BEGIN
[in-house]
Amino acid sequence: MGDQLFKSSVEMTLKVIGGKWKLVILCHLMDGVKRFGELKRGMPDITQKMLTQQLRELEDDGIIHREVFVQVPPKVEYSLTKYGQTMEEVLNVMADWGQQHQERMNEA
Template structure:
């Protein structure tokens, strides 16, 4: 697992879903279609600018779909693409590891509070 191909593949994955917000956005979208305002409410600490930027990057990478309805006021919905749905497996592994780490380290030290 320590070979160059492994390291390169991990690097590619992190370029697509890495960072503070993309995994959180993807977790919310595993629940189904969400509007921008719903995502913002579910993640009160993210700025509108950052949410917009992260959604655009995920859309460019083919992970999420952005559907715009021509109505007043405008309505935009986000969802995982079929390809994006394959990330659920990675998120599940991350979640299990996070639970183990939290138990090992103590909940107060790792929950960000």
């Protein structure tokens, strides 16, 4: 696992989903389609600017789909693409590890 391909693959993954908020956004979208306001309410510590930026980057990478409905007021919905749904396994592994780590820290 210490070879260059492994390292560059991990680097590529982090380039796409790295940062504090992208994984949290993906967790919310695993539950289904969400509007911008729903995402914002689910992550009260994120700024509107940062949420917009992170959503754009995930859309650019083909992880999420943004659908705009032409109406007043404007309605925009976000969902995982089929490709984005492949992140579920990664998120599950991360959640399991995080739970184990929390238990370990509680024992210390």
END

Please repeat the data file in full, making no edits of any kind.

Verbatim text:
[in-house]
Amino acid sequence: MGDQLFKSSVEMTLKVIGGKWKLVILCHLMDGVKRFGELKRGMPDITQKMLTQQLRELEDDGIIHREVFVQVPPKVEYSLTKYGQTMEEVLNVMADWGQQHQERMNEA
Template structure:
């Protein structure tokens, strides 16, 4: 697992879903279609600018779909693409590891509070 191909593949994955917000956005979208305002409410600490930027990057990478309805006021919905749905497996592994780490380290030290 320590070979160059492994390291390169991990690097590619992190370029697509890495960072503070993309995994959180993807977790919310595993629940189904969400509007921008719903995502913002579910993640009160993210700025509108950052949410917009992260959604655009995920859309460019083919992970999420952005559907715009021509109505007043405008309505935009986000969802995982079929390809994006394959990330659920990675998120599940991350979640299990996070639970183990939290138990090992103590909940107060790792929950960000």
């Protein structure tokens, strides 16, 4: 696992989903389609600017789909693409590890 391909693959993954908020956004979208306001309410510590930026980057990478409905007021919905749904396994592994780590820290 210490070879260059492994390292560059991990680097590529982090380039796409790295940062504090992208994984949290993906967790919310695993539950289904969400509007911008729903995402914002689910992550009260994120700024509107940062949420917009992170959503754009995930859309650019083909992880999420943004659908705009032409109406007043404007309605925009976000969902995982089929490709984005492949992140579920990664998120599950991360959640399991995080739970184990929390238990370990509680024992210390």